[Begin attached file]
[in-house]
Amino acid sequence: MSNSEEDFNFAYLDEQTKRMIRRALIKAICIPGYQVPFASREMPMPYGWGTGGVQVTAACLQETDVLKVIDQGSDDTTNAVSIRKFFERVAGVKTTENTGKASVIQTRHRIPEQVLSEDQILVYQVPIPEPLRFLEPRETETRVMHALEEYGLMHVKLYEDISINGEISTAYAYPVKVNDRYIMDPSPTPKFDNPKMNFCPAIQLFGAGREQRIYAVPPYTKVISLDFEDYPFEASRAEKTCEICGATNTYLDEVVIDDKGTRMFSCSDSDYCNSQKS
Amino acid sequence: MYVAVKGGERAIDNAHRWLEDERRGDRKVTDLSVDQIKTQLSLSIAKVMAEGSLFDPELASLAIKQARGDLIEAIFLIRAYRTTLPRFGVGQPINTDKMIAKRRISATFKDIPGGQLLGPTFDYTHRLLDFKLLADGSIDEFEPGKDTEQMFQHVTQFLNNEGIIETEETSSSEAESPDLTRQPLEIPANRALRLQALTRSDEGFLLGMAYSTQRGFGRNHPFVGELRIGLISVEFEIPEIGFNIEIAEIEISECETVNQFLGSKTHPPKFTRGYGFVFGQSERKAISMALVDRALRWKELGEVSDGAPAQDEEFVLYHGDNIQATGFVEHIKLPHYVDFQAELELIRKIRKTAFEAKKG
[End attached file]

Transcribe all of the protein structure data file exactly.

[in-house]
Amino acid sequence: MSNSEEDFNFAYLDEQTKRMIRRALIKAICIPGYQVPFASREMPMPYGWGTGGVQVTAACLQETDVLKVIDQGSDDTTNAVSIRKFFERVAGVKTTENTGKASVIQTRHRIPEQVLSEDQILVYQVPIPEPLRFLEPRETETRVMHALEEYGLMHVKLYEDISINGEISTAYAYPVKVNDRYIMDPSPTPKFDNPKMNFCPAIQLFGAGREQRIYAVPPYTKVISLDFEDYPFEASRAEKTCEICGATNTYLDEVVIDDKGTRMFSCSDSDYCNSQKS
Amino acid sequence: MYVAVKGGERAIDNAHRWLEDERRGDRKVTDLSVDQIKTQLSLSIAKVMAEGSLFDPELASLAIKQARGDLIEAIFLIRAYRTTLPRFGVGQPINTDKMIAKRRISATFKDIPGGQLLGPTFDYTHRLLDFKLLADGSIDEFEPGKDTEQMFQHVTQFLNNEGIIETEETSSSEAESPDLTRQPLEIPANRALRLQALTRSDEGFLLGMAYSTQRGFGRNHPFVGELRIGLISVEFEIPEIGFNIEIAEIEISECETVNQFLGSKTHPPKFTRGYGFVFGQSERKAISMALVDRALRWKELGEVSDGAPAQDEEFVLYHGDNIQATGFVEHIKLPHYVDFQAELELIRKIRKTAFEAKKG